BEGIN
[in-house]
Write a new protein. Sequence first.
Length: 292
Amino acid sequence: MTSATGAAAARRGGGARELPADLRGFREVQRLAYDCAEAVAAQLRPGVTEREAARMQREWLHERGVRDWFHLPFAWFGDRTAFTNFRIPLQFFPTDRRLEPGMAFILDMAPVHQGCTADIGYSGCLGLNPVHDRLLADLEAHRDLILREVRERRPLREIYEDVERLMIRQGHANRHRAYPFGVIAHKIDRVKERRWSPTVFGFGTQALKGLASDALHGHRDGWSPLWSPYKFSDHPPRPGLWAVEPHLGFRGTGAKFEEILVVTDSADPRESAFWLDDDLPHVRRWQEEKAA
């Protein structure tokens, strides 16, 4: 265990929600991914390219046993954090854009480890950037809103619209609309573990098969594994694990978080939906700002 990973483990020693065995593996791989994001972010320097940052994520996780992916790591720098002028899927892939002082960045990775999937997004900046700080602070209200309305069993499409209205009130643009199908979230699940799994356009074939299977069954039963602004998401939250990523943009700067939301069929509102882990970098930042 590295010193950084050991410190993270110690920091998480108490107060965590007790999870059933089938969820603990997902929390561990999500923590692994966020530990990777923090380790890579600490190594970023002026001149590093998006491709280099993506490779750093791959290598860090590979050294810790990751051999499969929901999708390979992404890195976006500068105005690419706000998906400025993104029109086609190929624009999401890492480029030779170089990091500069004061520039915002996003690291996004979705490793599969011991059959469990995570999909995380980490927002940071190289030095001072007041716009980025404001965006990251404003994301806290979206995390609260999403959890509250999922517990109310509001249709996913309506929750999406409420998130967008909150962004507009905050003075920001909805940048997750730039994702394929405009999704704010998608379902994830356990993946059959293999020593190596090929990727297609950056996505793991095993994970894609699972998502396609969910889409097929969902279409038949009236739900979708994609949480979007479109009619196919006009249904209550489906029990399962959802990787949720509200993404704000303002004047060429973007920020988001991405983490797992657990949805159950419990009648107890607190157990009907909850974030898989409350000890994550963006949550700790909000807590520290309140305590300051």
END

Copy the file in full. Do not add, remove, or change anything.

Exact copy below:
[in-house]
Write a new protein. Sequence first.
Length: 292
Amino acid sequence: MTSATGAAAARRGGGARELPADLRGFREVQRLAYDCAEAVAAQLRPGVTEREAARMQREWLHERGVRDWFHLPFAWFGDRTAFTNFRIPLQFFPTDRRLEPGMAFILDMAPVHQGCTADIGYSGCLGLNPVHDRLLADLEAHRDLILREVRERRPLREIYEDVERLMIRQGHANRHRAYPFGVIAHKIDRVKERRWSPTVFGFGTQALKGLASDALHGHRDGWSPLWSPYKFSDHPPRPGLWAVEPHLGFRGTGAKFEEILVVTDSADPRESAFWLDDDLPHVRRWQEEKAA
């Protein structure tokens, strides 16, 4: 265990929600991914390219046993954090854009480890950037809103619209609309573990098969594994694990978080939906700002 990973483990020693065995593996791989994001972010320097940052994520996780992916790591720098002028899927892939002082960045990775999937997004900046700080602070209200309305069993499409209205009130643009199908979230699940799994356009074939299977069954039963602004998401939250990523943009700067939301069929509102882990970098930042 590295010193950084050991410190993270110690920091998480108490107060965590007790999870059933089938969820603990997902929390561990999500923590692994966020530990990777923090380790890579600490190594970023002026001149590093998006491709280099993506490779750093791959290598860090590979050294810790990751051999499969929901999708390979992404890195976006500068105005690419706000998906400025993104029109086609190929624009999401890492480029030779170089990091500069004061520039915002996003690291996004979705490793599969011991059959469990995570999909995380980490927002940071190289030095001072007041716009980025404001965006990251404003994301806290979206995390609260999403959890509250999922517990109310509001249709996913309506929750999406409420998130967008909150962004507009905050003075920001909805940048997750730039994702394929405009999704704010998608379902994830356990993946059959293999020593190596090929990727297609950056996505793991095993994970894609699972998502396609969910889409097929969902279409038949009236739900979708994609949480979007479109009619196919006009249904209550489906029990399962959802990787949720509200993404704000303002004047060429973007920020988001991405983490797992657990949805159950419990009648107890607190157990009907909850974030898989409350000890994550963006949550700790909000807590520290309140305590300051």